Welcome to Talking Business, a podcast produced in Melbourne Australia. The podcast is available on the Acast app, the Apple Podcast store or wherever you go to get your podcasts. Or you can get it at the Business Acumen website at www.businessacumen.biz.

Scott Morrison declares coal will be used for decades to come, dismissing Boris Johnson’s claim that the COP26 climate summit has sounded a death knell on coal.

I am Leon Gettler. My job is to review and monitor      the week’s news in business, finance and economics. I bring it all to you, every week.

This is episode number 42 in our series for 2021 and today’s date is Friday November 19.

First, I’ll be talking to Jaen Snyman, Empired practice manager for the modern workplace. We’ll examine how the remote working trend has dramatically accelerated over the past 12 months which means organisations increasingly take a Cloud First approach to facilitate daily production. And I’ll be talking to CommSec chief economist Craig James about market trends ahead.


But now, let’s talk to Jaen Snyman.

Australia signed an international request for countries to strengthen 2030 emissions reduction goals by next year but within hours of agreeing to the Glasgow climate pact, the Morrison government, facing a 2022 election, told voters it had no intention of changing its “fixed” target.  The Glasgow Climate Pact, signed by Australia, demands countries to “phase down” coal power, and urges nations to strengthen their climate targets by the end of next year. Scott Morrison doesn’t think a global agreement to reduce reliance on coal power is the end for Australia’s industry he believes will continue for decades. This puts the prime minister at odds with his British counterpart, Boris Johnson, who described the agreement at the COP26 climate summit as coal’s “death knell”.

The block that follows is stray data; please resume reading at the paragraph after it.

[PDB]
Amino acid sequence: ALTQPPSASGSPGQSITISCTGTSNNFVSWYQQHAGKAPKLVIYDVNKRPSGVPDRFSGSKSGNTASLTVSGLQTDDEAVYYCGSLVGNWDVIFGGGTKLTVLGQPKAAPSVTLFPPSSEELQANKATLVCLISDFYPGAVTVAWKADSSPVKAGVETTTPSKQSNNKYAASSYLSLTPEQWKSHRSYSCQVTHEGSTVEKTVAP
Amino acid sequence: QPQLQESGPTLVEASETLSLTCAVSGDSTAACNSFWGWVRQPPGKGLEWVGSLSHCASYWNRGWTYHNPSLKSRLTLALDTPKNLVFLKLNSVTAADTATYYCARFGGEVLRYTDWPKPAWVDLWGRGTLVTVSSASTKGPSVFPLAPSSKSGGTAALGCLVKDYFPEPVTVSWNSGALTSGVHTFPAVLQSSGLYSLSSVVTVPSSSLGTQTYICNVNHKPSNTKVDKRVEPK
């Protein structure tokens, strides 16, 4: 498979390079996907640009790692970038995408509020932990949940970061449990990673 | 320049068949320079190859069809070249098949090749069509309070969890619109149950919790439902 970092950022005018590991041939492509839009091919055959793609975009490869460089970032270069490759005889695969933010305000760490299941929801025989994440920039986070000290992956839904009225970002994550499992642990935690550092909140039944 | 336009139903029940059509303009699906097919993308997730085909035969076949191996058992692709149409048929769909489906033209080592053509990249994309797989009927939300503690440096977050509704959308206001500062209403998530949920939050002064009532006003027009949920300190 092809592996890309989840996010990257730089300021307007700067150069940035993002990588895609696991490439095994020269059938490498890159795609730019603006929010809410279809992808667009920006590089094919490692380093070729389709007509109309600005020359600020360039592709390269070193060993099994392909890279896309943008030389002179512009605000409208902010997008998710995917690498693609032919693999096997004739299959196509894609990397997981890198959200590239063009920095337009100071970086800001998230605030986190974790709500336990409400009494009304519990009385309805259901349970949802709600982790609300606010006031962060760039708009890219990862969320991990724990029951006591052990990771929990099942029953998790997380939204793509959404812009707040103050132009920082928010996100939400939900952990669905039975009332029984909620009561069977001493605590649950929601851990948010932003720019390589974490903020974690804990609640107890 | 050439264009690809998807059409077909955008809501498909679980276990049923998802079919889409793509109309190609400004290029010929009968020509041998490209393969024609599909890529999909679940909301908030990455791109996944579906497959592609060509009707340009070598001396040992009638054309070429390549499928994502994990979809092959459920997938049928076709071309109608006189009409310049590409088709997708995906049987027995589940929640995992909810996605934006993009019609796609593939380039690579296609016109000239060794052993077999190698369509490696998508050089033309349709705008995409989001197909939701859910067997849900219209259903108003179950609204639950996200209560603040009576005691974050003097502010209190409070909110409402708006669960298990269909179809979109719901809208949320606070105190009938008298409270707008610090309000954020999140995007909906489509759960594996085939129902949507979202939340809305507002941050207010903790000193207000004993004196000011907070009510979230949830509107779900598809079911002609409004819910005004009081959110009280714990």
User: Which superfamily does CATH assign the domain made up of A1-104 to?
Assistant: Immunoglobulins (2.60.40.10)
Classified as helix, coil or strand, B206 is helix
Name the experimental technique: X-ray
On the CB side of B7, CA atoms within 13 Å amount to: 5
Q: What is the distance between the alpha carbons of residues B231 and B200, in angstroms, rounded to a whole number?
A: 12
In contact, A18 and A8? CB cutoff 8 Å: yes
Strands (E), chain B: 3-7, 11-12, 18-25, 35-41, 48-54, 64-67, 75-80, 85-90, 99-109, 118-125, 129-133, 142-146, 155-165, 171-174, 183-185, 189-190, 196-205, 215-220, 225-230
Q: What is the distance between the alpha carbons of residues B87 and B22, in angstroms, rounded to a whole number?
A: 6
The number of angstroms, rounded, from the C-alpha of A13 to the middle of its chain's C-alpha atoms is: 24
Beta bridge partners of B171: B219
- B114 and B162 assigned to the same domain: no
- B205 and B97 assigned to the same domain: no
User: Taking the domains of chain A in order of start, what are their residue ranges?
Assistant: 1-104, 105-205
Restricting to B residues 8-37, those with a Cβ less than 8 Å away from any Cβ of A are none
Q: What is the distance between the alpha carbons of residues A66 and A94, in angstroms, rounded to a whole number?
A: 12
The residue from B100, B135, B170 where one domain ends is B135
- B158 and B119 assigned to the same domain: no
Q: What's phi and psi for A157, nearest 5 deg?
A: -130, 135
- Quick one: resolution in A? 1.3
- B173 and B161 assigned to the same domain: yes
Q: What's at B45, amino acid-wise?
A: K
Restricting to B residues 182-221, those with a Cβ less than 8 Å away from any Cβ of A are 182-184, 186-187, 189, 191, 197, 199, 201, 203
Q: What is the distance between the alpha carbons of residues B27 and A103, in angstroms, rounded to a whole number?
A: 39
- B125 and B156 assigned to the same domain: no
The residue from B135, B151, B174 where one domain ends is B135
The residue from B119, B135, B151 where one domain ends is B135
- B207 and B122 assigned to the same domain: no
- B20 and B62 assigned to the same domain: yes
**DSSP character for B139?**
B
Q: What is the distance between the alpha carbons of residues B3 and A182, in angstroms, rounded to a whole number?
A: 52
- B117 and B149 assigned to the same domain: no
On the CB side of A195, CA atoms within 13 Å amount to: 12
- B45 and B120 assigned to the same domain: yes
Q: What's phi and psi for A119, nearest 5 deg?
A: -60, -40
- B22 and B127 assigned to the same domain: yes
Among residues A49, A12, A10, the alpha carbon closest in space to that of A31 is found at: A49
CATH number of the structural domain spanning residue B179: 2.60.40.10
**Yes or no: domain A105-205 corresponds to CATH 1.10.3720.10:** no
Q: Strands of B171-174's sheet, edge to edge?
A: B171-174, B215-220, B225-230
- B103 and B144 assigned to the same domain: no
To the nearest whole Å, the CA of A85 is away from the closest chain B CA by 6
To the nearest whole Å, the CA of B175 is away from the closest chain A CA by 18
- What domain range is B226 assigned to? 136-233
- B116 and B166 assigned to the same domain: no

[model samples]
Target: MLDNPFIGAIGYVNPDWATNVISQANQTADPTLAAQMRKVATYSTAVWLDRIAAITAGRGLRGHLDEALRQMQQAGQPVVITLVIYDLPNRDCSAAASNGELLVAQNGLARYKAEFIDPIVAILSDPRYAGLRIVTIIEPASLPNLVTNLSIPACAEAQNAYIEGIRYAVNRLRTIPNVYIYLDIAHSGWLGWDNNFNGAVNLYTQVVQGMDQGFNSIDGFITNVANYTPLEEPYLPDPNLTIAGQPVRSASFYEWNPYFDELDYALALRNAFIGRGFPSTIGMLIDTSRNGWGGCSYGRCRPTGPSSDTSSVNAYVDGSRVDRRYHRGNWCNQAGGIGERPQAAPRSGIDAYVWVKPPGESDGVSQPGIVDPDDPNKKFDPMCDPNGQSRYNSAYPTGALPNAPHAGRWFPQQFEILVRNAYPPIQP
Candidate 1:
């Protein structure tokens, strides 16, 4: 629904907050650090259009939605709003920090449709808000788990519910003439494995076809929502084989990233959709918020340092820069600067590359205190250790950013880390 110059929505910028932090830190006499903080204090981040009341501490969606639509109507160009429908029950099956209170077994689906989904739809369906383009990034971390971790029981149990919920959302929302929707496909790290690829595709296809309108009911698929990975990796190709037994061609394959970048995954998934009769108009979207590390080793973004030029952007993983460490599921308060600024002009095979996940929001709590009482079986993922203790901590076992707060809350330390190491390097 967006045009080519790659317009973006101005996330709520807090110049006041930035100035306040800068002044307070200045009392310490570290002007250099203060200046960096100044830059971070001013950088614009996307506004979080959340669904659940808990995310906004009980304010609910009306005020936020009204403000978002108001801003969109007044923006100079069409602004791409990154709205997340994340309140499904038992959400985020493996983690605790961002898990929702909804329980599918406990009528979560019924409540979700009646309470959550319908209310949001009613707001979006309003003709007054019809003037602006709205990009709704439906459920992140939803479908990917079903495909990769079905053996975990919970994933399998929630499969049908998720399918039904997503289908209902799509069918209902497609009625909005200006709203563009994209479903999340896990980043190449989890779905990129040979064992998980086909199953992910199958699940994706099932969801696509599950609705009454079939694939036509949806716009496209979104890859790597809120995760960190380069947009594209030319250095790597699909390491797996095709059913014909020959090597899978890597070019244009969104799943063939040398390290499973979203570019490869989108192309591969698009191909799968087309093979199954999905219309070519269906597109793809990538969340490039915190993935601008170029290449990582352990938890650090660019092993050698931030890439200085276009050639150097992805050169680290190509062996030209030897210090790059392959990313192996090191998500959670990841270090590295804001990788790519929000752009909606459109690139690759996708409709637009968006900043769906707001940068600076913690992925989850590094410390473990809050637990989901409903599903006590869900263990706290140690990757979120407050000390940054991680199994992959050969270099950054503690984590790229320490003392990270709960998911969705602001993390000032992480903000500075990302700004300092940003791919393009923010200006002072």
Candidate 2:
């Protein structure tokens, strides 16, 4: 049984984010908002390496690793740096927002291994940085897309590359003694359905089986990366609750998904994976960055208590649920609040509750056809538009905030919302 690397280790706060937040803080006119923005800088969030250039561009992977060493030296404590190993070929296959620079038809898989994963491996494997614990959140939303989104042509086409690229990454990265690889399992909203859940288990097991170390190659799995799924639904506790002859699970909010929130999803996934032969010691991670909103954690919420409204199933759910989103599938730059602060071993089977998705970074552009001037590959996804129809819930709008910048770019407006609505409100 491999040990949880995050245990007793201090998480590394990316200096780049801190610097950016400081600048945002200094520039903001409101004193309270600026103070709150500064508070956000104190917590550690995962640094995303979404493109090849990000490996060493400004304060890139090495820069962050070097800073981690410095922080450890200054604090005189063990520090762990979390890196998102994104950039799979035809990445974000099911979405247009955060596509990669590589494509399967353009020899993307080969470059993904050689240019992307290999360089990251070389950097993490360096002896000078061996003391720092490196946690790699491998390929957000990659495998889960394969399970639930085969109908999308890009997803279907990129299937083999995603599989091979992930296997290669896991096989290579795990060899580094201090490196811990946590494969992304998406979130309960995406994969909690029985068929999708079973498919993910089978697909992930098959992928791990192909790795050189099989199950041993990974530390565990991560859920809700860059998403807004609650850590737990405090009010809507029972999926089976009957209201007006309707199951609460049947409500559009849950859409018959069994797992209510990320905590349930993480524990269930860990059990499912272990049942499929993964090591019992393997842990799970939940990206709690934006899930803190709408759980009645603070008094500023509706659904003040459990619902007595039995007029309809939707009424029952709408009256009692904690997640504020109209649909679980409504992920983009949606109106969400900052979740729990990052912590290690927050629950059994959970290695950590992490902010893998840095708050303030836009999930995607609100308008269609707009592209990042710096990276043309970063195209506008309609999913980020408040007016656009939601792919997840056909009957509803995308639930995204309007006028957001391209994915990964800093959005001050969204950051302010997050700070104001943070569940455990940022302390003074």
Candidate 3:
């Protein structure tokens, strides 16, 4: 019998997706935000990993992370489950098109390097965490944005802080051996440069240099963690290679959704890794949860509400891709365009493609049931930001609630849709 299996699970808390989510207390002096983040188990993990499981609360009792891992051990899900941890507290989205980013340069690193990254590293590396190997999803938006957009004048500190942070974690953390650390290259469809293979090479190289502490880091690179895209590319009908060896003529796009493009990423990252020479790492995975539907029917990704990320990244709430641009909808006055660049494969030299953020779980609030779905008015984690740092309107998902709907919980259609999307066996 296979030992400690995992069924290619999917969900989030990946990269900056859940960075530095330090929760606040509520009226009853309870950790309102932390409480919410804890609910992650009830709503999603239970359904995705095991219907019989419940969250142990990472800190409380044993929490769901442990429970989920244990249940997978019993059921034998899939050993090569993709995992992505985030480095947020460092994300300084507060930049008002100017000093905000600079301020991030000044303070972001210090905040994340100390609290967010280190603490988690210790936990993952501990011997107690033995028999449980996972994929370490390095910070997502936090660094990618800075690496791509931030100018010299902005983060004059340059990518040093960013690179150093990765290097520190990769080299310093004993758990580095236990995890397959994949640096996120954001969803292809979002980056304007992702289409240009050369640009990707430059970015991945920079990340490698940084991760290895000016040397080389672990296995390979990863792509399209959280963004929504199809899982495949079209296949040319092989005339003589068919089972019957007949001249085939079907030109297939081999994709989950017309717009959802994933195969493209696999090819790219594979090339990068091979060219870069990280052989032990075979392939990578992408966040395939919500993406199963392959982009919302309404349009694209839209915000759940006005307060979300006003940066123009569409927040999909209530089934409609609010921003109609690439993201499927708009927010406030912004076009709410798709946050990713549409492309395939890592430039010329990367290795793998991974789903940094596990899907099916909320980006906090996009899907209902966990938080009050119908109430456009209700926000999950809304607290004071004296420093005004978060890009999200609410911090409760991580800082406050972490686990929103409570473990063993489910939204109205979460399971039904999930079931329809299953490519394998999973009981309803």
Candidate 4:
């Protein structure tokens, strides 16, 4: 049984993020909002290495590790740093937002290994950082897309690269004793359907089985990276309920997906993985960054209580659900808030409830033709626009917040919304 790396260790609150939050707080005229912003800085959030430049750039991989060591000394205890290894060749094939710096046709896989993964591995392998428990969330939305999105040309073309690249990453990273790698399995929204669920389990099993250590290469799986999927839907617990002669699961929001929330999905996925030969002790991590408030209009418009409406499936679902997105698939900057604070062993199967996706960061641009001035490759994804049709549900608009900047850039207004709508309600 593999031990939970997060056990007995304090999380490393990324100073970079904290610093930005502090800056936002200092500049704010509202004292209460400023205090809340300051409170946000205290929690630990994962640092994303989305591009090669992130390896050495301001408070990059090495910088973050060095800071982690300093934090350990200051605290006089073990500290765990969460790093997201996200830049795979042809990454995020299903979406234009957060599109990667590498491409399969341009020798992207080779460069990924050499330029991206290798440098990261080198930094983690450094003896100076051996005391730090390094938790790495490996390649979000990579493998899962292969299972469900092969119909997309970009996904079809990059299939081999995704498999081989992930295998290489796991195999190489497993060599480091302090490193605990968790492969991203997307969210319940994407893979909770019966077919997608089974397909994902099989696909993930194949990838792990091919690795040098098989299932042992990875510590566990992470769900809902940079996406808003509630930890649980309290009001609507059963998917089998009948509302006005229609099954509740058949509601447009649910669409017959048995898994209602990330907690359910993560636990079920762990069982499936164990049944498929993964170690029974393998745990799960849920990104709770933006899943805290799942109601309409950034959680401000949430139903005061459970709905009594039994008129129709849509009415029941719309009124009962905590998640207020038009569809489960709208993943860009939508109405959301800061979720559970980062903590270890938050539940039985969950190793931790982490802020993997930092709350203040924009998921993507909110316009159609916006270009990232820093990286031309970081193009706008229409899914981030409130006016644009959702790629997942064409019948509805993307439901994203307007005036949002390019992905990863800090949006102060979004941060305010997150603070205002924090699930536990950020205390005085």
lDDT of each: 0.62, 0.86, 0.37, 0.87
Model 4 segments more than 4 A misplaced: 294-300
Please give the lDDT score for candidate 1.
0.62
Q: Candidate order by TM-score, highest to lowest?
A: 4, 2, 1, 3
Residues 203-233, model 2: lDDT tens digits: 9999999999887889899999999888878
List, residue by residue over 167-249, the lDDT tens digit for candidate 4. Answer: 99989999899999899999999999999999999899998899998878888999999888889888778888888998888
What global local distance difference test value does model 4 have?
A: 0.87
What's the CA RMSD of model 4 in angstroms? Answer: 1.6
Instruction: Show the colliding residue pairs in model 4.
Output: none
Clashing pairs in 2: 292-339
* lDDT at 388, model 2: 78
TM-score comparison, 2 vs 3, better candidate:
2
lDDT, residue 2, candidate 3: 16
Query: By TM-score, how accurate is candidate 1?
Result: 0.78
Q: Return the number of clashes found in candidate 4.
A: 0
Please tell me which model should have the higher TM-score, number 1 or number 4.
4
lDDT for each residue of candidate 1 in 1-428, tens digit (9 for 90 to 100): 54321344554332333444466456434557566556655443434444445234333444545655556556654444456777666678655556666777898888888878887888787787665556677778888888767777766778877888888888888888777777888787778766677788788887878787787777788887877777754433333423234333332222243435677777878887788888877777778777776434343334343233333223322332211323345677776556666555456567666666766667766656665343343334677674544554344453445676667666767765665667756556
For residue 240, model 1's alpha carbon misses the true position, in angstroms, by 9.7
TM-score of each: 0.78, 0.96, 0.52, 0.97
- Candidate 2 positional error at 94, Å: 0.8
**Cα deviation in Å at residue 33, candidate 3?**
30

Heavyweight investors are poised to heap further pressure on the nation’s biggest carbon emitters in the wake of a damning report that slams boards of climate-exposed companies for not taking climate risks seriously. The boards of 15 companies, including ASX-listed Adbri, AGL, BHP, Incitec Pivot, Oil Search, Qantas, South32, Woodside and Woolworths still don’t see climate change as a material or existential risk, according to the Investor Group on Climate Change, which represents investors with total funds under management of more than $2 trillion. These companies account for 25% of Australia’s total Scope 1 and Scope 2 emissions, and 40% of reported corporate emissions (also for Scope 1 and 2). The revelations come in the wake of two weeks of talks at the UN climate change summit in Glasgow and promise to dial up the heat on Australia’s most carbon-intensive companies following a last-minute COP26 agreement that saw global leaders sign up to a new climate pact to curb global warming. The Glasgow Climate Pact calls on countries to “phase down” rather than “phase out” coal power, and urges nations to strengthen their climate targets by the end of next year. The word change to “phase down” coal use came after a last-minute intervention from India. As part of its analysis, the IGCC studied five years of company disclosures, including annual reports, board disclosures, investor presentations and each board’s skills matrix, to see what progress had been made since the Paris Agreement at the end of 2015. Of the 15 companies, 14 have net-zero emission targets. Incitec Pivot is the sole outlier. But even with these targets, boards do not appear prepared to lead the transition, according to the IGCC report’s lead researcher, Ian Woods.